Heritage farcade

The second plans submitted to Vincent council. As a penultimate indignity, the doomed facade was designated with red squiggles.

FOR years before its demolition the old arts union building at 123 Claisebrook Road sat on a draft heritage inventory, passing hands from Perth council to Vincent and neither going through with granting it any permanent heritage protection.

Built in 1890, for 50 years it was the base of president of the Authorised Newsagents Association of WA, Archibald Russel Somerville.

He lived upstairs and had a shopfront on the ground floor, and was a gutsy purveyor of news. In 1936 he was one of just four newsagents in the area to stock the “Worker’s Star”, a communist newspaper. The intersecting street, Somerville, is named after him. 


In the 90s the building was bought by Performing Arts WA and became an arts hub. 

Perth council realised the building might be special in 1999, adding it to a “draft” heritage inventory. 

But a full heritage assessment was not carried out by Perth council, nor Vincent who inherited it during a boundary change in 2007. 

Twenty years later, new owners Sanpoint Pty Ltd said the bricks had turned to powder and nothing could be saved. 

It’s unknown how much of that deterioration occurred in the 20 years of inaction.

Performing Arts WA sold the building for $1.16 million in 2016. The area was ripe for development, with news the Barnett government had decided the two nearby concrete batching plants had to go, and the area would soon be more habitable.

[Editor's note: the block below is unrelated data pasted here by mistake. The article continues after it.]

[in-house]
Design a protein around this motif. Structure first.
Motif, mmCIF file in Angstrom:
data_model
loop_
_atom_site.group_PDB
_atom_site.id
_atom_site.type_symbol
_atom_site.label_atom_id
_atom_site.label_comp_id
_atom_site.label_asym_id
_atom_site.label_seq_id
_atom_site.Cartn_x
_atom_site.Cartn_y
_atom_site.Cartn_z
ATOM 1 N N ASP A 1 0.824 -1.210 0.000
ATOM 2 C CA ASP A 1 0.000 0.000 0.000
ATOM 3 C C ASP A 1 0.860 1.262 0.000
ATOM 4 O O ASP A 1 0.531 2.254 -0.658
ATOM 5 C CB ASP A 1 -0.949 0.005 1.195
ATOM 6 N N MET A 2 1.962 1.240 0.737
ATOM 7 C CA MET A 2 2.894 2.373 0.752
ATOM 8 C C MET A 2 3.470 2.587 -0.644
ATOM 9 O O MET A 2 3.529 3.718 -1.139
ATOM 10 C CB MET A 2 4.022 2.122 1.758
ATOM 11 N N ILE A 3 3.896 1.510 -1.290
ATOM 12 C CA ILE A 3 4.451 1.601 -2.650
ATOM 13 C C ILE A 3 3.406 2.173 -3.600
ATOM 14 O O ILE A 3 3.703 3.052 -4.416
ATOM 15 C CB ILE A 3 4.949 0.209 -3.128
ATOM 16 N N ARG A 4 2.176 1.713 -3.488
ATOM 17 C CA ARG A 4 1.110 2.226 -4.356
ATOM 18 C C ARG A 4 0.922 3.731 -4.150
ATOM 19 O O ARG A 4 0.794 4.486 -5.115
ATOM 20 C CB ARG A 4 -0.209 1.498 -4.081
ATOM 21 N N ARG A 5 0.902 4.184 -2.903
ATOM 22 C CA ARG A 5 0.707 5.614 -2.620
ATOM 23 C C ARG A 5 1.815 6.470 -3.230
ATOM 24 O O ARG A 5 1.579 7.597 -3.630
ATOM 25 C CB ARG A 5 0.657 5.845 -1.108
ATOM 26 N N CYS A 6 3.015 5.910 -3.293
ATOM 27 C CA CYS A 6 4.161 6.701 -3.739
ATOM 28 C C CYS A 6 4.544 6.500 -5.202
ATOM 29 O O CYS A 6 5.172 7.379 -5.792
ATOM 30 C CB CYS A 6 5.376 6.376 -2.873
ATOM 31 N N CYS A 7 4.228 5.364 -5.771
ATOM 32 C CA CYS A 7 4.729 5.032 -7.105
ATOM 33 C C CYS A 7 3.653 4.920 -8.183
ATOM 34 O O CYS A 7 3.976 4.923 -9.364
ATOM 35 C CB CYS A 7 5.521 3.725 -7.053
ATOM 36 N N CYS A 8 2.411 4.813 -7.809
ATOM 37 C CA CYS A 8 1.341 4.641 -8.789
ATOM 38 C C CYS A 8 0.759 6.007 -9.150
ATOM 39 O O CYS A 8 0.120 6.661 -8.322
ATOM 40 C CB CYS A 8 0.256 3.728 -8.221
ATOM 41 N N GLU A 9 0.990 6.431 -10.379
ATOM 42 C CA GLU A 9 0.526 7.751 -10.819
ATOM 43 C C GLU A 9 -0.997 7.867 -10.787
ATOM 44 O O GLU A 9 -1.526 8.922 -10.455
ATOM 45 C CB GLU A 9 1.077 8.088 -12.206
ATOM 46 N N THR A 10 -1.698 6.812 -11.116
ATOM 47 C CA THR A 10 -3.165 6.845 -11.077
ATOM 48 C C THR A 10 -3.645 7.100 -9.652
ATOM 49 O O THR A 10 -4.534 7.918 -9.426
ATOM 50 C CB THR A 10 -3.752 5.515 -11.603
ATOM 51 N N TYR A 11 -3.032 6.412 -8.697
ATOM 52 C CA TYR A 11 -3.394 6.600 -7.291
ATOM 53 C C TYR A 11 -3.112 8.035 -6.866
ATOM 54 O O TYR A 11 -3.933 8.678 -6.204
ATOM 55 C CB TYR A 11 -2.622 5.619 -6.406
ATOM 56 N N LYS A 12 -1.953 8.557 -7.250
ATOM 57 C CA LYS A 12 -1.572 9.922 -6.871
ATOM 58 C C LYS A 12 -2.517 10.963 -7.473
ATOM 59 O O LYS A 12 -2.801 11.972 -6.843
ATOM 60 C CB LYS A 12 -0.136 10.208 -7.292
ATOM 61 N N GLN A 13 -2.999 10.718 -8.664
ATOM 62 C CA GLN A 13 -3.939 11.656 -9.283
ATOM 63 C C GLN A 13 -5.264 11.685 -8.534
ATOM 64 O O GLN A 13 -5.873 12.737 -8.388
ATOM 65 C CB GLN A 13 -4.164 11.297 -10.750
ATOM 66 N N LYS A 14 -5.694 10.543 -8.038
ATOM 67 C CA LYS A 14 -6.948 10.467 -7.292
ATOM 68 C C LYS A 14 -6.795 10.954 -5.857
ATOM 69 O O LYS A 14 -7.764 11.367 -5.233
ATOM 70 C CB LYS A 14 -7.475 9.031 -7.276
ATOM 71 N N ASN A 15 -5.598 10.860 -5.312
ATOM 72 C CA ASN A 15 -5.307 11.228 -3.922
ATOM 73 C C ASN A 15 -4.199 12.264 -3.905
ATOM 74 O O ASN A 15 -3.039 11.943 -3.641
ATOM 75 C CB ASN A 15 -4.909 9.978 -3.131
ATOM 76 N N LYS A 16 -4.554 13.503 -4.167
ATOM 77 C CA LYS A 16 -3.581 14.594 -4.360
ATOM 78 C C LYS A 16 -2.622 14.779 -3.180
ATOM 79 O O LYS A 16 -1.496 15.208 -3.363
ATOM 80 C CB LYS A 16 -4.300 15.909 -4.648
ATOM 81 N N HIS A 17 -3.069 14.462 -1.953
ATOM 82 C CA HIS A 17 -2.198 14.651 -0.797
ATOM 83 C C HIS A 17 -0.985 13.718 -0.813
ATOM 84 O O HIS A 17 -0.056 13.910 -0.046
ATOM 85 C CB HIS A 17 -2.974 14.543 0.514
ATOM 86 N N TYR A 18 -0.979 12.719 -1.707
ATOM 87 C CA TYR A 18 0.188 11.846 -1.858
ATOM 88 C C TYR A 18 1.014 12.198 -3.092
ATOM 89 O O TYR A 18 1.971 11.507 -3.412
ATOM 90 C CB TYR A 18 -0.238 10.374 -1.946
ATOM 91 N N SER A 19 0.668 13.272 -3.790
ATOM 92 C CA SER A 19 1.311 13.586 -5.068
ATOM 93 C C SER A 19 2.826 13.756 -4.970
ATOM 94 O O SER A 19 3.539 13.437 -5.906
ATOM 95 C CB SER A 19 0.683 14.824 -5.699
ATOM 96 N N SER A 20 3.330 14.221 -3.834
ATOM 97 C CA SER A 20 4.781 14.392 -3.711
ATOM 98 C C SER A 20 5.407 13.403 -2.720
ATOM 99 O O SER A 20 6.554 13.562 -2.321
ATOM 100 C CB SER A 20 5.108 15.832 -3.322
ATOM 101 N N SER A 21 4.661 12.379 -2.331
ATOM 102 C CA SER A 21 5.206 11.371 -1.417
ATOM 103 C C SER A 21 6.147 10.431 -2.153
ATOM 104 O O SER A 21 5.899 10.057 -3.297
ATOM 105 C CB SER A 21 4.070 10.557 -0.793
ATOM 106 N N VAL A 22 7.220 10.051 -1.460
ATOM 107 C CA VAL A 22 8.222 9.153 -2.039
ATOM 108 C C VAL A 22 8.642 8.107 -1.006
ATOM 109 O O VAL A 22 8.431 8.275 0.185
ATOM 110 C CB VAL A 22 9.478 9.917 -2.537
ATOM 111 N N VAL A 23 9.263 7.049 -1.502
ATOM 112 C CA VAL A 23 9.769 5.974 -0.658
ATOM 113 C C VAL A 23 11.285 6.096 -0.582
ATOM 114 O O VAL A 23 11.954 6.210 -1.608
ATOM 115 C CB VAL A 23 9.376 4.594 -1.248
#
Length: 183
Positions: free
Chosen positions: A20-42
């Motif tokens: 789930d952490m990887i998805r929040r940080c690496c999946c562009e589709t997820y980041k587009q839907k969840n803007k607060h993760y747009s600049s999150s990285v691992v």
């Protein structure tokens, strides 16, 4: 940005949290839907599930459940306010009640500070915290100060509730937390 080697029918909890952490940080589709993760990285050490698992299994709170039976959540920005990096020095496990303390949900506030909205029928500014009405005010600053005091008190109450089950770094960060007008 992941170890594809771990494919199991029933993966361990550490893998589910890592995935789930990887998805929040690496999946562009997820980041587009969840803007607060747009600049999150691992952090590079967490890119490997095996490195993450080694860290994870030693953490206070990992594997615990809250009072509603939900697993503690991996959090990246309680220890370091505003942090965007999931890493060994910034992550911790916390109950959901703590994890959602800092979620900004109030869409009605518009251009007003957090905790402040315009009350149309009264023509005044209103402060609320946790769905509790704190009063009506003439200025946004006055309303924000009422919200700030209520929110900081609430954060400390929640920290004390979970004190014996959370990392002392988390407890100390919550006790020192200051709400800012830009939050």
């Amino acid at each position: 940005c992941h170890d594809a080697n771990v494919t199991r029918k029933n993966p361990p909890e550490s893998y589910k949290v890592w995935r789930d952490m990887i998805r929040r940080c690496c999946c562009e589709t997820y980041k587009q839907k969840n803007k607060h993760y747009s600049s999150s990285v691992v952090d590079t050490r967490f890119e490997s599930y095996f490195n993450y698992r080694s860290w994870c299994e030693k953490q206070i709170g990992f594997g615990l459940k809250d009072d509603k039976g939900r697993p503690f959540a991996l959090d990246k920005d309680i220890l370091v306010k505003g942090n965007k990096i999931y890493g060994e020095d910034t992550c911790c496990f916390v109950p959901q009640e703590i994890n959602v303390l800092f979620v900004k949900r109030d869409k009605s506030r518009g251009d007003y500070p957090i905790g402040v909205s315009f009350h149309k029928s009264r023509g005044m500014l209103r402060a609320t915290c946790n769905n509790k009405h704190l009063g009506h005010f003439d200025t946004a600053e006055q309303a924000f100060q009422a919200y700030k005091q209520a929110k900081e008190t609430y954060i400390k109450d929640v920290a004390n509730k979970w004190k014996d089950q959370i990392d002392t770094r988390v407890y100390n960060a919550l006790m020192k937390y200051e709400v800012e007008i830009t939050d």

In December 2017, the state government’s development assessment panel, with Vincent council’s backing, approved demolition of most of the building. Twelce apartments would go to the rear, and the facade would be preserved.

In mid-2019, the owner applied to knock down the lot, furnishing Vincent council with a report from Stewart Urban Planning that said structural investigations had now found that: “Due to the fragile condition of the building and the constrained nature of the site, it will be difficult to protect the retained building during construction, which could be inadvertently damaged or destroyed as a result of vibration from works or an incident with heavy machinery being utilised on-site.”

Vincent council approved the full demolition unanimously. 

As concerned locals mourned the demolition on social media in 2020, Vincent mayor Emma Cole assured them the council required the rebuild “to be an exact replica … same materials and exact form is to be built”.

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